Known to practitioners and scholars as the Yoruba goddess of sweet (waters), sensuality, fertility and delight, Osun is a deity of great controversy. Nigerians see her as an astute, responsible mother of many children, yet across the ocean in the New World she has become a promiscuous, fun-loving deity who abandons her children and gives them to Yemaya to raise. Alarcns research analyzes the diverse representations of Osun (as a metaphor for women) found in trans-national Yoruba literature, specifically the verses of Odu Ifa (divination poetry) and Apataki (stories/legends), and examines the roles gender, race and sexuality have played in cultural interpretations of Osun and therefore on the journey of women throughout the diaspora. (Re)Writing Osun challenges us to move beyond the remnants of limited colonial interpretations of African spiritual practices and begin the process of (re)writing Osuns narrative. Book includes color photographs!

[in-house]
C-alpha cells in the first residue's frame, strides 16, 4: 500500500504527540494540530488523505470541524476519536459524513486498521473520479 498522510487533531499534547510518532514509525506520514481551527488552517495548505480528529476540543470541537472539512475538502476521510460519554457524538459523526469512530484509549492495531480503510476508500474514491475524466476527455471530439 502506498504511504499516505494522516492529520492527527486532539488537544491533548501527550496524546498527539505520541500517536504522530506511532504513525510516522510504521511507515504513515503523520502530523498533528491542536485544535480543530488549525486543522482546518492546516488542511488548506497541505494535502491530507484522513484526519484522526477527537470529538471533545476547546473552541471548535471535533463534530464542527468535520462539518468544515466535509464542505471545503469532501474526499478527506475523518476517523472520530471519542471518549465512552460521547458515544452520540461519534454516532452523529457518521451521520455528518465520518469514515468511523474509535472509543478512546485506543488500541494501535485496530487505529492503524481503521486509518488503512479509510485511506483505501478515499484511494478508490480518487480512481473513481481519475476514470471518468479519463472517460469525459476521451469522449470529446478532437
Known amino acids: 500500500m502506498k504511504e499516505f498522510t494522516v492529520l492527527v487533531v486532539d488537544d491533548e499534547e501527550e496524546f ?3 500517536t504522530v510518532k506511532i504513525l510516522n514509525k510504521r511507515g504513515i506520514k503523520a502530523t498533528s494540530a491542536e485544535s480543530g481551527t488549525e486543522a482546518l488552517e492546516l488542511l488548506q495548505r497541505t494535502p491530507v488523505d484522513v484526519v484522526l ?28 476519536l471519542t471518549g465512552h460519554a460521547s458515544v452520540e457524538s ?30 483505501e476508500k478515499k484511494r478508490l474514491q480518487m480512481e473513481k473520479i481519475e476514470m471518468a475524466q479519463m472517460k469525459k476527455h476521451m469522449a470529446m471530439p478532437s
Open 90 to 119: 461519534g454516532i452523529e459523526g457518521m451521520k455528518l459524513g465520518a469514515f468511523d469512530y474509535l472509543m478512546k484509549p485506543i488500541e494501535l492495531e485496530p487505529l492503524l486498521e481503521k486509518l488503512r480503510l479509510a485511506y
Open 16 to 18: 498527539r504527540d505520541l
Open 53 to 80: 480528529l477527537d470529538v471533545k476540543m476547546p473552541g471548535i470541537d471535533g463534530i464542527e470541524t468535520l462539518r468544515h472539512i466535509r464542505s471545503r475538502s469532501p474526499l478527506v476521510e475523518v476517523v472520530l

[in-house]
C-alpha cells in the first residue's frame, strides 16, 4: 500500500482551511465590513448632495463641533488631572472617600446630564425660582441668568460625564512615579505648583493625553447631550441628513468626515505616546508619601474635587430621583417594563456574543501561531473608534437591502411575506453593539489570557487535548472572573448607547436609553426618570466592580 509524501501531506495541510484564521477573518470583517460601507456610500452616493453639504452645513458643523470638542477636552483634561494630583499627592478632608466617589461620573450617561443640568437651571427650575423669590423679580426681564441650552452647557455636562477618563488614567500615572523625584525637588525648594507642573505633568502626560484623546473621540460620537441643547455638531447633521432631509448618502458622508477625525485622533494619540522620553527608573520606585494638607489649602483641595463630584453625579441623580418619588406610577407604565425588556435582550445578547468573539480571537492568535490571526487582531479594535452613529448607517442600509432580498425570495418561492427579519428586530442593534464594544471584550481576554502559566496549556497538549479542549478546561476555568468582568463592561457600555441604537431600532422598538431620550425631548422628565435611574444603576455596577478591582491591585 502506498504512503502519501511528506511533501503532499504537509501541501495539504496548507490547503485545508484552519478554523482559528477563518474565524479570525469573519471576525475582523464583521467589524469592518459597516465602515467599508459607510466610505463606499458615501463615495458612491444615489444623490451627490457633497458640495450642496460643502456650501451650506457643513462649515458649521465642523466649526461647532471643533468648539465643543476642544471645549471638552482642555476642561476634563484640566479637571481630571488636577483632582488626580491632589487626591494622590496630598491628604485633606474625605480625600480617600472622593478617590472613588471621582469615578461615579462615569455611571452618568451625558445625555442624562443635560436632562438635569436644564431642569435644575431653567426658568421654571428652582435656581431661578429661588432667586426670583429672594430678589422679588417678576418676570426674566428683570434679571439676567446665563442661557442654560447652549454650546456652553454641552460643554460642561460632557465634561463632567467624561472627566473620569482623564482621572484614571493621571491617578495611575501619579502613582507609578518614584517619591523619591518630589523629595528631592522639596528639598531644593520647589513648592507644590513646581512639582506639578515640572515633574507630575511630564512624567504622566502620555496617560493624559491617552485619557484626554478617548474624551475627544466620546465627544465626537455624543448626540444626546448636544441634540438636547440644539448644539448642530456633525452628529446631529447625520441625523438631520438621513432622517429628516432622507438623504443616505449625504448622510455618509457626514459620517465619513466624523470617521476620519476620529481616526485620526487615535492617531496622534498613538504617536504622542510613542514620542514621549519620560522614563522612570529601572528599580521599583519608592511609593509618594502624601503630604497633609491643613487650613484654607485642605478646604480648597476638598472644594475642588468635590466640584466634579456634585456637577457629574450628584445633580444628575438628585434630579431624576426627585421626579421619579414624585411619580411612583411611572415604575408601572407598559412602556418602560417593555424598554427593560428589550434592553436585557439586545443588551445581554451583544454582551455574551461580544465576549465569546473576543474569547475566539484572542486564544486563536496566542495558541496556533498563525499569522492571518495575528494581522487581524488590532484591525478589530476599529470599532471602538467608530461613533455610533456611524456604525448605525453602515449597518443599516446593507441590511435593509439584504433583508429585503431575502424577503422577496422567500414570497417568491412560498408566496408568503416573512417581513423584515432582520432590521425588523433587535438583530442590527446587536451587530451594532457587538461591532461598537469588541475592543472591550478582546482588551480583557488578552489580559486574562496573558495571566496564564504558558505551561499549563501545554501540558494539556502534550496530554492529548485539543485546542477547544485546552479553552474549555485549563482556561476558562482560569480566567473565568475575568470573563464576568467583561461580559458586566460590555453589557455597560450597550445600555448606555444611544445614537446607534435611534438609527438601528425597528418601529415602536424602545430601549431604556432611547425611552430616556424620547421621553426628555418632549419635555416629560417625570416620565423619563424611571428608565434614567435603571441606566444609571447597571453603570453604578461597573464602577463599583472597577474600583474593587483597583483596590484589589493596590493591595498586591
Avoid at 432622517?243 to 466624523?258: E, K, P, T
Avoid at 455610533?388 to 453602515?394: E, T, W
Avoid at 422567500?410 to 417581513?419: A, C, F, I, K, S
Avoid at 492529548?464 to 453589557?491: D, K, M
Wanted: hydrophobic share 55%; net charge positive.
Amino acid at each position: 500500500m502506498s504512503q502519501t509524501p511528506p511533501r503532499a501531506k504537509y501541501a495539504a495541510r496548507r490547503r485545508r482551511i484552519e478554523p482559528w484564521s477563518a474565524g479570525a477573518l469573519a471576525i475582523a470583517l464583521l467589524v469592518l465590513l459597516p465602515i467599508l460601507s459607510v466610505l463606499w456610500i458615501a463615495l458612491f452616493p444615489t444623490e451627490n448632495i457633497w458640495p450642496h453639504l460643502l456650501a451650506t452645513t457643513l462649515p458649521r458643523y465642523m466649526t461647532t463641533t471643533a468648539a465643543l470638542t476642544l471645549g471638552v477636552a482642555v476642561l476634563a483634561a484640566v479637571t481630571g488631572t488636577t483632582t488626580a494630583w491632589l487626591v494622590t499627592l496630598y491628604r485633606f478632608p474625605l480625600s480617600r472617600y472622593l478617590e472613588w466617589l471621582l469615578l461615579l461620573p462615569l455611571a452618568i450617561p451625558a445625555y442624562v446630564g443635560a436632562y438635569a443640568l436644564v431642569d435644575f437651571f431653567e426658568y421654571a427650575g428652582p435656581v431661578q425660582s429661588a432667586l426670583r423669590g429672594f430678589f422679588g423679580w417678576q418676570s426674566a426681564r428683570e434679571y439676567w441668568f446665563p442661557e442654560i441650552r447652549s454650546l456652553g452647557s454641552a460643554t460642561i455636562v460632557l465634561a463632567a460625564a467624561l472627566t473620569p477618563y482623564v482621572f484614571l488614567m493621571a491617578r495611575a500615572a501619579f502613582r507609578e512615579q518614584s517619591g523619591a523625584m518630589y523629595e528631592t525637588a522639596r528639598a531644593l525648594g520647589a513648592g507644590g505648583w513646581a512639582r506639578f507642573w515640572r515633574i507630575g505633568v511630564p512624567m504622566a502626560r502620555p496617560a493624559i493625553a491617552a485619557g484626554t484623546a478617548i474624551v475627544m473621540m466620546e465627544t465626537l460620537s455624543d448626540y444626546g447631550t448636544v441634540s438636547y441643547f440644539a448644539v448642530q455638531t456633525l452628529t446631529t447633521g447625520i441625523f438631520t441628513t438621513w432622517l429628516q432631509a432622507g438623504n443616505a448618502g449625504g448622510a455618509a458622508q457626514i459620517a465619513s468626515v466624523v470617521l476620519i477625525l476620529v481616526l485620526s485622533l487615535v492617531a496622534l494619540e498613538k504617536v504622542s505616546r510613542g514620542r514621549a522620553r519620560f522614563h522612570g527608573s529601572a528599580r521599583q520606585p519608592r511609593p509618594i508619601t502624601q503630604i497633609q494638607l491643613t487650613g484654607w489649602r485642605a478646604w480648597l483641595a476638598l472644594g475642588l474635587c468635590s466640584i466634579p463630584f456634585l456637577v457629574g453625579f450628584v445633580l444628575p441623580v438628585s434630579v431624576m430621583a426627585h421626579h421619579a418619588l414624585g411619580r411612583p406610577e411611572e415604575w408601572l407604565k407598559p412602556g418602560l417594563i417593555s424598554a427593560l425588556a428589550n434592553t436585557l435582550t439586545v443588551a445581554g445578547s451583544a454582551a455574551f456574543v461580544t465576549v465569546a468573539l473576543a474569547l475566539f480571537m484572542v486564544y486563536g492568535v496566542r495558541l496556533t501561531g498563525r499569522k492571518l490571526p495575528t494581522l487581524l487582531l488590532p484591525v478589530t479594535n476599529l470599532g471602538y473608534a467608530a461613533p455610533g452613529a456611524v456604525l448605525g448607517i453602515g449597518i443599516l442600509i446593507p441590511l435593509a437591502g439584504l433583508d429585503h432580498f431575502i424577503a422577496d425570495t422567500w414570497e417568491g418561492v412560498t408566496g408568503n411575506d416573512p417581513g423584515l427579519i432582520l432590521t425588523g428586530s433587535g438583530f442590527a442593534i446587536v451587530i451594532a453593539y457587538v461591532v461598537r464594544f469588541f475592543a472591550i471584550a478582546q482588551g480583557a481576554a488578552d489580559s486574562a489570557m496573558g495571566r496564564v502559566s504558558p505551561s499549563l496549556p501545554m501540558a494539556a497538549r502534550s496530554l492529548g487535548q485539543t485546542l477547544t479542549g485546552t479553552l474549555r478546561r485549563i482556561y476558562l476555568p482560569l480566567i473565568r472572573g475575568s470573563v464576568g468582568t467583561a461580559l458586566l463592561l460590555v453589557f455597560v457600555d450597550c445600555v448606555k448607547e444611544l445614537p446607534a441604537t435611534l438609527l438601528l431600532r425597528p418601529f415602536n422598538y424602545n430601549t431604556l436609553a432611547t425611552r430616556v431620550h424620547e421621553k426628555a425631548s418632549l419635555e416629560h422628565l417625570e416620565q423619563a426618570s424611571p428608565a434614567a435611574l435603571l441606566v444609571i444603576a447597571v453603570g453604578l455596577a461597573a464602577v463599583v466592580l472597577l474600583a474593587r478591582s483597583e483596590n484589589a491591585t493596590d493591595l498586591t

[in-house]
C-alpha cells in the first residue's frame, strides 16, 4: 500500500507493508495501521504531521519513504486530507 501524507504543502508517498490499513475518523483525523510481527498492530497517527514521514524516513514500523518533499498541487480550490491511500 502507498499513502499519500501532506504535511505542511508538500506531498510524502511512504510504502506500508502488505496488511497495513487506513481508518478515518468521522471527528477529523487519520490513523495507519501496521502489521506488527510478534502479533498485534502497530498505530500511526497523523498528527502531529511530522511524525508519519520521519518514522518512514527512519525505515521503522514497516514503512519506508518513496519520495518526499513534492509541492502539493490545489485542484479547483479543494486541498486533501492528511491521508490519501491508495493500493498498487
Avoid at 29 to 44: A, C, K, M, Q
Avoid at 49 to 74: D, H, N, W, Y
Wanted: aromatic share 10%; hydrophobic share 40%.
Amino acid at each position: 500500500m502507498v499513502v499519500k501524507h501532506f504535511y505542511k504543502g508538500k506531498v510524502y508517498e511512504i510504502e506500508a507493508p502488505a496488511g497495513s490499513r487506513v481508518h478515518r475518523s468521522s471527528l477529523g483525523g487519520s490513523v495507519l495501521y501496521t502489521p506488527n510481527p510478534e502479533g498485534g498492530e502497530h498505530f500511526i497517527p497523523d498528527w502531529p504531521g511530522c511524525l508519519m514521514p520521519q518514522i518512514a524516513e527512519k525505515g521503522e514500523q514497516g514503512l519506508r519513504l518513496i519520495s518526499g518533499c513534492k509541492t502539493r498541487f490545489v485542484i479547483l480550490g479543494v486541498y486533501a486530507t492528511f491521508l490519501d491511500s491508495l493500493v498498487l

Resources for the Seven African Powers
Resources about the various Orisha, divinities and forces in Santeria/Lukumi.
- orishas - Definition from the Merriam-Webster Online Dictionary
Definition of orishas from the Merriam-Webster Online Dictionary with audio pronunciations, thesaurus, Word of the Day, and word games.
- OBEAH AND ORISHA: The Seven African Powers
Seven African Powers explored and their relation to Obeah.
A selection of articles related to Orishas. ... These deities correspond to Olorun and the Orishas of Yoruba mythology, and to Olorum and the Orix of ...
- Macumba, Umbanda, and Orishas in Brazil
Macumba, Umbanda, and Orishas in Brazil.
- THE ORISHAS IN MUSIC
The Orishas are divine beings originally worshipped by the Yoruba people of West Africa. Their worship was carried to the New World in the holds of slave ...
Prayer to the Seven African Powers
Oh, Seven African Powers, who are so close to our Divine Savior, with great humility I kneel before thee and implore your intercession before the Great Spirit. Hear my petition and grant me peace and prosperity. Please remove all of the obstacles that cause me to stray from the Beauty Way. Oh Olofi, I trust in the words “ask and you shall receive”. Let it be so! Amen.
Seven African Powers Macuto Amulet, www.planetvoodoo.com
Just a Friendly Reminder